Can Two Non-Related People Open a Joint Bank Account?

by Duncan Jenkins ; Updated June 29, 2018
Can Two Non-Related People Open a Joint Bank Account?

In a joint bank account, both parties enjoy equal ownership of the funds in the account, including the right to withdraw and deposit funds into the account at any time. Most joint accounts are between spouses or other relatives, such as a senior and her adult child. They don't have to be, however. If you know the other person well, and trust him not to run off with your money, then you can open a joint bank account with just about anyone.

Banks Don't Care About Your Relationship

Nothing prohibits someone from opening a joint bank account with a non-relative. You will find that nearly all banks will accept this type of account so long as you both meet the minimum guidelines such as being over the age of 18 and providing identification. You might also need proof of income if, for example, the account you're opening requires you to deposit a certain amount of money each month. In many cases, you could open several different joint accounts with this person so that you could co-mingle funds among the accounts without withdrawing and depositing individually.

Ideal for Roommates and Business Partners

The greatest advantage of a joint account with a non-relative is the ease with which you can share funds for bills or business expenses. Roommates and business associates, who are not related, often open joint bank accounts to more efficiently manage their funds for expenses. A very common example is business checking. With a joint business checking account, two or more people can share access to an account with business resources.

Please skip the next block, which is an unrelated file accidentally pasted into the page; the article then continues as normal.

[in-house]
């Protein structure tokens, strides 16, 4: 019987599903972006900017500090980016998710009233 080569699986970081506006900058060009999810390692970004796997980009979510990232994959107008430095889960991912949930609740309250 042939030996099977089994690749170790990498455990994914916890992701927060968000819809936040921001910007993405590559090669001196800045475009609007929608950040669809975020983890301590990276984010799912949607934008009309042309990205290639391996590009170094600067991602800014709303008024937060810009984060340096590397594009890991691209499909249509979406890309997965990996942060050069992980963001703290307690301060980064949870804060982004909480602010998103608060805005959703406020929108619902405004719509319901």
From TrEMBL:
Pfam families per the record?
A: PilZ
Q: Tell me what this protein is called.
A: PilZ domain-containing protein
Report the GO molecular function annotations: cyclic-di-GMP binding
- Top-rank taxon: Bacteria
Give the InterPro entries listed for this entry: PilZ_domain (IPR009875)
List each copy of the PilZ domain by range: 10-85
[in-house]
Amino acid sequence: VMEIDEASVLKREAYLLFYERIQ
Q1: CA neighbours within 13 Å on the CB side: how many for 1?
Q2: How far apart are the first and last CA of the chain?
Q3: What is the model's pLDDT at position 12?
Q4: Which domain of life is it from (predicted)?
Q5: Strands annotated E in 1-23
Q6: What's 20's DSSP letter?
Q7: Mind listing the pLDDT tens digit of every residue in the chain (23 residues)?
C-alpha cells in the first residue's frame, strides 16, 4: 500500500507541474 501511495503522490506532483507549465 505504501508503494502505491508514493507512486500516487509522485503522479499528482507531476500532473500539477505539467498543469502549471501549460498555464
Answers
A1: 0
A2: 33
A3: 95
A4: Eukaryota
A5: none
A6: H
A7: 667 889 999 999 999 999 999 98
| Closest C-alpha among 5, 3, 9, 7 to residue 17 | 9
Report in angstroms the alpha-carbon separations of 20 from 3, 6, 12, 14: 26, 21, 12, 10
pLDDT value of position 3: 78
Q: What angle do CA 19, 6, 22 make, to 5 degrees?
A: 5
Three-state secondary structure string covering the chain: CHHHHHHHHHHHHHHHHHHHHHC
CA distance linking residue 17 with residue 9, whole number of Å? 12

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You Both Get Access to All the Money

Under the law, a joint bank account gives authorized signers on the account equal and full access to the account. In other words, the other person has access to all the money. There is no safeguard in place to stop him from accessing and liquidating the account. In addition, the 100-percent ownership arrangement means that no matter who deposits the most money into the joint account, all authorized signers are entitled to all funds. So, while a joint banking arrangement does provide benefits, these drawbacks mean that joint accounts aren't always a perfect solution.

It All Comes Down to Trust

Joint bank accounts with non-relatives are all about trust. It's a good idea to make sure that all authorized signers agree to equally monitor the account using electronic banking or monthly statements. In addition, if anyone on the joint account is married to a person who is not authorized on the account, a divorce in that marriage could put the joint account in jeopardy. You'll need an agreement to liquidate the account if one of you ever found yourself in this situation. Trusting your business partners or roommates is essential for this type of joint banking.

About the Author

Based in Eugene, Ore., Duncan Jenkins has been writing finance-related articles since 2008. His specialties include personal finance advice, mortgage/equity loans and credit management. Jenkins obtained his bachelor's degree in English from Clark University.

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